To really achieve success too, you also have to be careful to stick with what you know. Tempting as it is to consult at this point or run a company, I found what I enjoyed most was making games, not managing people. I like to think that's reflected in my work. I always think about the audience I'm designing for (say, for handheld platforms versus the PC) and the technical capabilities of the medium as well, so I can deliver a compelling experience that's an interesting fit for the system. I'd like to think that you can't go wrong with this approach.
The key thing to remember though is that every game we make here is fun and accessible, even those based on deep or complex topics. You want players to feel good about themselves at the end of the day. If they’re able to jump right in and have a good time with a game, it’s a good sign you’re onto something special.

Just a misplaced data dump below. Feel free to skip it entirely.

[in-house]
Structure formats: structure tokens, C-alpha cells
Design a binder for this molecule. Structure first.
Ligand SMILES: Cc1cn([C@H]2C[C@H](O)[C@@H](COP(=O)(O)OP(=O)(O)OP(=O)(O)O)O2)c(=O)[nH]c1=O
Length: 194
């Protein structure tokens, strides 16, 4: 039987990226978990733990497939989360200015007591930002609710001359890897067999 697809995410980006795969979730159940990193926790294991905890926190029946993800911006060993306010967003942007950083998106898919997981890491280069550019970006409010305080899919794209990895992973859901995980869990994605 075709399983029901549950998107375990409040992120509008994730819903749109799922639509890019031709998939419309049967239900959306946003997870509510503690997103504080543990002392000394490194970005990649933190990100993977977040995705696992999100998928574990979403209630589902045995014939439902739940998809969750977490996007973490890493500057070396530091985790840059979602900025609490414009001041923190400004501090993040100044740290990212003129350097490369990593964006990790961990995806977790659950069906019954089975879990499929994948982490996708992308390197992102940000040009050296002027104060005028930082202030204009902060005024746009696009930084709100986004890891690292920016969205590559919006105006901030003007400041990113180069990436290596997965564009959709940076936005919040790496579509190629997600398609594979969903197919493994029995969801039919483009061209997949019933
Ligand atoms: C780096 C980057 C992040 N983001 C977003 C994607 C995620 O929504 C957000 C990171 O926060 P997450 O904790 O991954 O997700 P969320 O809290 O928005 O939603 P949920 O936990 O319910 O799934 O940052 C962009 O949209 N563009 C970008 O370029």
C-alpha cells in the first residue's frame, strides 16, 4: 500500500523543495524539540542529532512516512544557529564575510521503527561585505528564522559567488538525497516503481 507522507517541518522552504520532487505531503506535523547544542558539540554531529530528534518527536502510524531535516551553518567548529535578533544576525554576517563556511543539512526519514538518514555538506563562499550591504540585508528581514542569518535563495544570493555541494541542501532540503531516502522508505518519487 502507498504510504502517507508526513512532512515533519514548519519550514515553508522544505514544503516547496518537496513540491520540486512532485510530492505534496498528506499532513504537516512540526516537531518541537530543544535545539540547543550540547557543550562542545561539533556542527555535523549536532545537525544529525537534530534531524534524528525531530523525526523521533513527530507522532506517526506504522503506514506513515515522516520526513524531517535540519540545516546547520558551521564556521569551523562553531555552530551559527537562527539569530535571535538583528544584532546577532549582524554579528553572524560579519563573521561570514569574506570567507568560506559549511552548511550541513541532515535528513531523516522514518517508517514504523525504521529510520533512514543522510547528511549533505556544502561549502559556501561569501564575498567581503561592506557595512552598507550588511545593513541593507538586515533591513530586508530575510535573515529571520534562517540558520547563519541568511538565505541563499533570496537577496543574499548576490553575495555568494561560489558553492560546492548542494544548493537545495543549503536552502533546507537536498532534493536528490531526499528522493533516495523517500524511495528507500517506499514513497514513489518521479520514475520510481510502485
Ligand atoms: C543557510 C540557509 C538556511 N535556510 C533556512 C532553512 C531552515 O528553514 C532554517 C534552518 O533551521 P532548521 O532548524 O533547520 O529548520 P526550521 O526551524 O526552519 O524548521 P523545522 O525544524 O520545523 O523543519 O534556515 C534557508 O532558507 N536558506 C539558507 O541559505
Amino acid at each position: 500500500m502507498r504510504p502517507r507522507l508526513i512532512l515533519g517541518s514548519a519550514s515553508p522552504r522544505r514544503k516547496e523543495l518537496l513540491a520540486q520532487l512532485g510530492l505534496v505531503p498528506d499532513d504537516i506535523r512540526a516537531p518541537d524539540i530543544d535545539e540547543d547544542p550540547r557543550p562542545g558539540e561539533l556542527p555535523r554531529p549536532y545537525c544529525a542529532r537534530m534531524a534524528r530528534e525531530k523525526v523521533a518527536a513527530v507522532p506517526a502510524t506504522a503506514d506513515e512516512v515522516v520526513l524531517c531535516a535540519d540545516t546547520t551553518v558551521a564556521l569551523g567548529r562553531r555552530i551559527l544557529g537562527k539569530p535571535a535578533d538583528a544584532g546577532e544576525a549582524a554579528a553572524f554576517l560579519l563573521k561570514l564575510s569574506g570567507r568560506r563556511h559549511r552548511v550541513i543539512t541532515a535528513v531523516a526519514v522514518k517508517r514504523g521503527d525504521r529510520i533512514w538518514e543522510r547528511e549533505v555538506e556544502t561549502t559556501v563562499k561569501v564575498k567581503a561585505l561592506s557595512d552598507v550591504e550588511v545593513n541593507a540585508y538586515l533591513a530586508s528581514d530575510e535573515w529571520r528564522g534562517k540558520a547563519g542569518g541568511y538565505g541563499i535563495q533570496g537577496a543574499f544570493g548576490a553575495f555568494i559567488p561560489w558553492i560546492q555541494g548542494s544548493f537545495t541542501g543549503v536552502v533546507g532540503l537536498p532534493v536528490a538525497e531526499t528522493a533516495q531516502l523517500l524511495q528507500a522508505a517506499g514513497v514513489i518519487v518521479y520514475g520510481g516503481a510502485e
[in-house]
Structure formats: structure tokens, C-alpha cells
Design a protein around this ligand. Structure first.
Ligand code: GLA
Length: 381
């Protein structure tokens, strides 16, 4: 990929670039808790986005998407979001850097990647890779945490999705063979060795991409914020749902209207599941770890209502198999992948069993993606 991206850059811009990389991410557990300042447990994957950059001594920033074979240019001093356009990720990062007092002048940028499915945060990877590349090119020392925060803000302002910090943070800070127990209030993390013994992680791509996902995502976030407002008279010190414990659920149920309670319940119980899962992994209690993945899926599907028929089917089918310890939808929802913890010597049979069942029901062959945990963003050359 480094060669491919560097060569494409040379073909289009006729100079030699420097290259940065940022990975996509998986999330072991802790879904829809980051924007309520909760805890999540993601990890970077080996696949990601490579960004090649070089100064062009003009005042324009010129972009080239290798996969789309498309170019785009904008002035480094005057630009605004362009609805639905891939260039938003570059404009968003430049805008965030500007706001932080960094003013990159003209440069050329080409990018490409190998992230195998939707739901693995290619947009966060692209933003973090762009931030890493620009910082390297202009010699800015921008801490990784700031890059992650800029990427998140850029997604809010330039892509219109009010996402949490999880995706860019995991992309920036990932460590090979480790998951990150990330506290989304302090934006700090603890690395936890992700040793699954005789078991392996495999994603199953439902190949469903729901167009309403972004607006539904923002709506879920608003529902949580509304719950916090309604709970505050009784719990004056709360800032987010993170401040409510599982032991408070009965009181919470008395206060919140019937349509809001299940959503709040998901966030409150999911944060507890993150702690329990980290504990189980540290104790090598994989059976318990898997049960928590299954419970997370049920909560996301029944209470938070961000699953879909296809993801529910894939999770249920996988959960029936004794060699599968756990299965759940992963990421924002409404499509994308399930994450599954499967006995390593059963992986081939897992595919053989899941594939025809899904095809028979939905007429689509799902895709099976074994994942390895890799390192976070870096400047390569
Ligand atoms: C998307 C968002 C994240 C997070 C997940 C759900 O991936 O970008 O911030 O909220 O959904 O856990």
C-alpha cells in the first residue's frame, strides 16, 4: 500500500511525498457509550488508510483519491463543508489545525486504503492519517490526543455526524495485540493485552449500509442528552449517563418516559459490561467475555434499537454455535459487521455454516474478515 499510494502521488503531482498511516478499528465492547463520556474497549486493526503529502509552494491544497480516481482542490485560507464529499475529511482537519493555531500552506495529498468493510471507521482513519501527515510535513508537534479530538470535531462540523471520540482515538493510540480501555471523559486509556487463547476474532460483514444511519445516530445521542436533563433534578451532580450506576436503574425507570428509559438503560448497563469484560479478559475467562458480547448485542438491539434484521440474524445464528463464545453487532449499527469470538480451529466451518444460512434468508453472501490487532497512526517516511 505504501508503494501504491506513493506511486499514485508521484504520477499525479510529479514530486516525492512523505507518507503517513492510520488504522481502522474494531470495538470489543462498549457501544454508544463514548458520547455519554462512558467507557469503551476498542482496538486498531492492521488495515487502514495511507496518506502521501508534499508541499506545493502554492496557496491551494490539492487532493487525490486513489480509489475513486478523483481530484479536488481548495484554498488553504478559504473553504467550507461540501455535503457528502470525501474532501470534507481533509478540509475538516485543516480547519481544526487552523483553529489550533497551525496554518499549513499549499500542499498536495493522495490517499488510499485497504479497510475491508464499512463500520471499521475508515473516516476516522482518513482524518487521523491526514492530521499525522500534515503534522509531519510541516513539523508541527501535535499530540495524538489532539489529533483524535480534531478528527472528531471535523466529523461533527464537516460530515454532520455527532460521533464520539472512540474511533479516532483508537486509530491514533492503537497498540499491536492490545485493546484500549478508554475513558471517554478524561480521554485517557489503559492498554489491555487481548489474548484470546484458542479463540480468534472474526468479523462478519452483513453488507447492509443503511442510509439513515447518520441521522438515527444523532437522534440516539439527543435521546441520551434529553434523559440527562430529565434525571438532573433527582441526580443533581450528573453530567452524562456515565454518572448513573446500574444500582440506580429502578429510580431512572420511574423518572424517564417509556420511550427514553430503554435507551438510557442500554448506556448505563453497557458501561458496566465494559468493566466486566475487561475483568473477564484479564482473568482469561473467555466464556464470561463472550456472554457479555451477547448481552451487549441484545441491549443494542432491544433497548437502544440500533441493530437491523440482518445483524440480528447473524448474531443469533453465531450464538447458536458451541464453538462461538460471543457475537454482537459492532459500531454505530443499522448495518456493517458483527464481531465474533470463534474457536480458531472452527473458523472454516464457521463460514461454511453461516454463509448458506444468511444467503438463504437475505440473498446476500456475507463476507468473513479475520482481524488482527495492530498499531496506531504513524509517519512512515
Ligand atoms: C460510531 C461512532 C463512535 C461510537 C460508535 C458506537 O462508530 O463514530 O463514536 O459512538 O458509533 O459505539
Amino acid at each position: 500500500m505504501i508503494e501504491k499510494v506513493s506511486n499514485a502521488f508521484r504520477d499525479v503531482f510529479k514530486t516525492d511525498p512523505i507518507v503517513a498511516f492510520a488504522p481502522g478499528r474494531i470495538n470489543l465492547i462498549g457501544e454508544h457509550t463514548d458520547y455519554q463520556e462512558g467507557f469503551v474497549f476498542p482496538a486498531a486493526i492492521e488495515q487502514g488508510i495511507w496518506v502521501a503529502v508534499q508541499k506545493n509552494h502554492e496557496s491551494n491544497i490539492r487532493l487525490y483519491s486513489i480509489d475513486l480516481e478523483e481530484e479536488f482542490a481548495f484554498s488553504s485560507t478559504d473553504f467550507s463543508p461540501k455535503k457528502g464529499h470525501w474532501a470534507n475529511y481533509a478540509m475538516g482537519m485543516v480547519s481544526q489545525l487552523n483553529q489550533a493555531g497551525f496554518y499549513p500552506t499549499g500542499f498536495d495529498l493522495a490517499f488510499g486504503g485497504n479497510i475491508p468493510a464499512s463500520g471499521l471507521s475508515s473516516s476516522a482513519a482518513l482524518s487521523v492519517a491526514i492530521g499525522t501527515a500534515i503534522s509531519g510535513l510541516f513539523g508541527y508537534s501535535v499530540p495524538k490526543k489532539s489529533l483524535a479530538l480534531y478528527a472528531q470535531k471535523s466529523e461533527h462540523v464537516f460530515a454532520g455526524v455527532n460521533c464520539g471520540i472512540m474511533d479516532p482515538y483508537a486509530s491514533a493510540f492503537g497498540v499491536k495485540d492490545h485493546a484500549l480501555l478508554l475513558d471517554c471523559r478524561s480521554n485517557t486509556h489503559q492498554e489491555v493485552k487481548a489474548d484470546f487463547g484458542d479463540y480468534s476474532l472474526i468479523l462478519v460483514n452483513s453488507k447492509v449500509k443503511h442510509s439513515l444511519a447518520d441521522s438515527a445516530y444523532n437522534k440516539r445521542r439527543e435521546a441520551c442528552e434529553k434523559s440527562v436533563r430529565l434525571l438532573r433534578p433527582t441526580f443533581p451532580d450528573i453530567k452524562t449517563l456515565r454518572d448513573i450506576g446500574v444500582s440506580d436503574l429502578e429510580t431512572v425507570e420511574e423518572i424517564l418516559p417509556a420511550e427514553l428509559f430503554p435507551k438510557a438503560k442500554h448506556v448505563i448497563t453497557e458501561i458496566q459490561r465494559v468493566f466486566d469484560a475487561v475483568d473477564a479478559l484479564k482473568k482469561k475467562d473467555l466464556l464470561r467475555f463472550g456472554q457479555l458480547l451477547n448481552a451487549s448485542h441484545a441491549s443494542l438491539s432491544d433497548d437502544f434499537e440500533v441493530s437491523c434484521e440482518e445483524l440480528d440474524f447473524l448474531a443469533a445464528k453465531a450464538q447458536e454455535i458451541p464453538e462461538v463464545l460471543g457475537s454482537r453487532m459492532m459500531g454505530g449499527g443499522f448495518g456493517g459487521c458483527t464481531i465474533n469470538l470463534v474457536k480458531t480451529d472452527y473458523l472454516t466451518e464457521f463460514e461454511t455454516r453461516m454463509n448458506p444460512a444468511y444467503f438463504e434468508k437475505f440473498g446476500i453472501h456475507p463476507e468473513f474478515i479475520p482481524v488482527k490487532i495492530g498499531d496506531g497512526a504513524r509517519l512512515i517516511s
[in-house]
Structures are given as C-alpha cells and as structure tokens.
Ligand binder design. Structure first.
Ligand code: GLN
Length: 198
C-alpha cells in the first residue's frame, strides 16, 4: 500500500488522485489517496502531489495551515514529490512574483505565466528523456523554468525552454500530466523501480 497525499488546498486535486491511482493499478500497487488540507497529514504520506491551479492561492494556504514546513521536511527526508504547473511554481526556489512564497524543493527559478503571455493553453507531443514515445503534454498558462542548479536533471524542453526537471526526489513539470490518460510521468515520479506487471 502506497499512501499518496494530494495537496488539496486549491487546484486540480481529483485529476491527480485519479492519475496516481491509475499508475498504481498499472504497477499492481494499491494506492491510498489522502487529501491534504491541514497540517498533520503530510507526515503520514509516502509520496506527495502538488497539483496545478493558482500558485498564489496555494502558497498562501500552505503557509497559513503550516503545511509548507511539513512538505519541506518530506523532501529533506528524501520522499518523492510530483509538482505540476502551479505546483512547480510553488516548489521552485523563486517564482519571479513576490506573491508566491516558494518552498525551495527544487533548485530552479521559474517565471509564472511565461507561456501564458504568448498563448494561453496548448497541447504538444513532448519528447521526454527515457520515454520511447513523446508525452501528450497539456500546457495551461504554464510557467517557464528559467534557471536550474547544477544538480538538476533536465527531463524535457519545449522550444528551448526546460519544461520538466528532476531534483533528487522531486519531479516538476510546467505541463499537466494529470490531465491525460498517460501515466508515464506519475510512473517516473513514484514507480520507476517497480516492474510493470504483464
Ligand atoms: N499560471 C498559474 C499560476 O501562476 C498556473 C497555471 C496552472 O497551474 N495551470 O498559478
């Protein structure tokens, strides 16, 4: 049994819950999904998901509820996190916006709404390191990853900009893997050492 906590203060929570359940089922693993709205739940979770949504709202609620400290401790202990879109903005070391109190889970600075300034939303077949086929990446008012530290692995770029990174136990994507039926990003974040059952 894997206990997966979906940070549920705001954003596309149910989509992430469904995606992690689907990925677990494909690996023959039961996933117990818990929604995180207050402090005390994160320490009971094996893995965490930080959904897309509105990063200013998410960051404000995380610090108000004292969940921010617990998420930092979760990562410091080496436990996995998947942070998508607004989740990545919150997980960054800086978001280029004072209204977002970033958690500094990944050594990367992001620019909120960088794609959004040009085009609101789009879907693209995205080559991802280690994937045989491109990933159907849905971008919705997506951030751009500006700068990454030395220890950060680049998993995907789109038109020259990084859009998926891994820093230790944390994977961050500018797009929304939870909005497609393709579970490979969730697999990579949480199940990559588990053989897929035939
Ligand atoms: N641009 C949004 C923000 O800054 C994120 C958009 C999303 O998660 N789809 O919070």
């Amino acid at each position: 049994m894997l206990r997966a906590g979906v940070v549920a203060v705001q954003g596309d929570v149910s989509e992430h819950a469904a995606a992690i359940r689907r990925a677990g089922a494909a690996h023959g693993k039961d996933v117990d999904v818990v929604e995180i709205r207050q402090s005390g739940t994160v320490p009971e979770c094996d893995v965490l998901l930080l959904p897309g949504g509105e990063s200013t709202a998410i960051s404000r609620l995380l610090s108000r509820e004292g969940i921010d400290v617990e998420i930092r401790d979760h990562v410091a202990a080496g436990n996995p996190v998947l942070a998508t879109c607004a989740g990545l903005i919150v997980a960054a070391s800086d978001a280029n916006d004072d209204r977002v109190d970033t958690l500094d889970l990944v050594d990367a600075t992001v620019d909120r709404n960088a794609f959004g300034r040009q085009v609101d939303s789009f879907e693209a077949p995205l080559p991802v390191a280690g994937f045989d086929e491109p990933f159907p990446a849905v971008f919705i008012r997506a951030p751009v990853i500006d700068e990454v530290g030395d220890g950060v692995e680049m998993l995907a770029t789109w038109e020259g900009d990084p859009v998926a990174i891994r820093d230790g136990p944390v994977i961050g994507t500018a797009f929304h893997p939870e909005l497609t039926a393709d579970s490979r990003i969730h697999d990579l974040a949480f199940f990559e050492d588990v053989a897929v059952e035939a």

Want to "strike it rich" in the video game business? If your answer is yes, Sid Meier, Nolan Bushnell (Atari founder), John Romero, and Kenzo Tsujimoto (Capcom founder) have some advice for you in this Who Wants to Be a Millionaire? article over at GameDaily. Below is an excerpt from Sid Meier's comments:Origineel Artikel: http://forums.civfanatics.com/showthread.p…mp;goto=newpost